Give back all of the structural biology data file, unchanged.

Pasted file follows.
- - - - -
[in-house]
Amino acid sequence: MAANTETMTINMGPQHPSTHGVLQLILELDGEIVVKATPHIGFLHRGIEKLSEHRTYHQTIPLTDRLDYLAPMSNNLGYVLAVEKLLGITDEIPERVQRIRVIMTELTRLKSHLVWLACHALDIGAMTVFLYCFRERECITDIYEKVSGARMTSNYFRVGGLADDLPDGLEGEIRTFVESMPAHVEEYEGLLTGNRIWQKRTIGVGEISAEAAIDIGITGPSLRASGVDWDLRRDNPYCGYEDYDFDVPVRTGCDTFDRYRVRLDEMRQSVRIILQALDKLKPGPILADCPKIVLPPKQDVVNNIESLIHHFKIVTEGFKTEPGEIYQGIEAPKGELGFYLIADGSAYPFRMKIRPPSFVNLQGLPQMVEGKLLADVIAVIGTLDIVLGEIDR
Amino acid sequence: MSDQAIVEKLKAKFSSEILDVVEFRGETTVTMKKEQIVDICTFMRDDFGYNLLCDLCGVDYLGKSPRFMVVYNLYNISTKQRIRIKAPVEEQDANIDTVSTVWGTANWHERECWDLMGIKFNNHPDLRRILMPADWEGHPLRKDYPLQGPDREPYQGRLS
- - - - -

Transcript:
[in-house]
Amino acid sequence: MAANTETMTINMGPQHPSTHGVLQLILELDGEIVVKATPHIGFLHRGIEKLSEHRTYHQTIPLTDRLDYLAPMSNNLGYVLAVEKLLGITDEIPERVQRIRVIMTELTRLKSHLVWLACHALDIGAMTVFLYCFRERECITDIYEKVSGARMTSNYFRVGGLADDLPDGLEGEIRTFVESMPAHVEEYEGLLTGNRIWQKRTIGVGEISAEAAIDIGITGPSLRASGVDWDLRRDNPYCGYEDYDFDVPVRTGCDTFDRYRVRLDEMRQSVRIILQALDKLKPGPILADCPKIVLPPKQDVVNNIESLIHHFKIVTEGFKTEPGEIYQGIEAPKGELGFYLIADGSAYPFRMKIRPPSFVNLQGLPQMVEGKLLADVIAVIGTLDIVLGEIDR
Amino acid sequence: MSDQAIVEKLKAKFSSEILDVVEFRGETTVTMKKEQIVDICTFMRDDFGYNLLCDLCGVDYLGKSPRFMVVYNLYNISTKQRIRIKAPVEEQDANIDTVSTVWGTANWHERECWDLMGIKFNNHPDLRRILMPADWEGHPLRKDYPLQGPDREPYQGRLS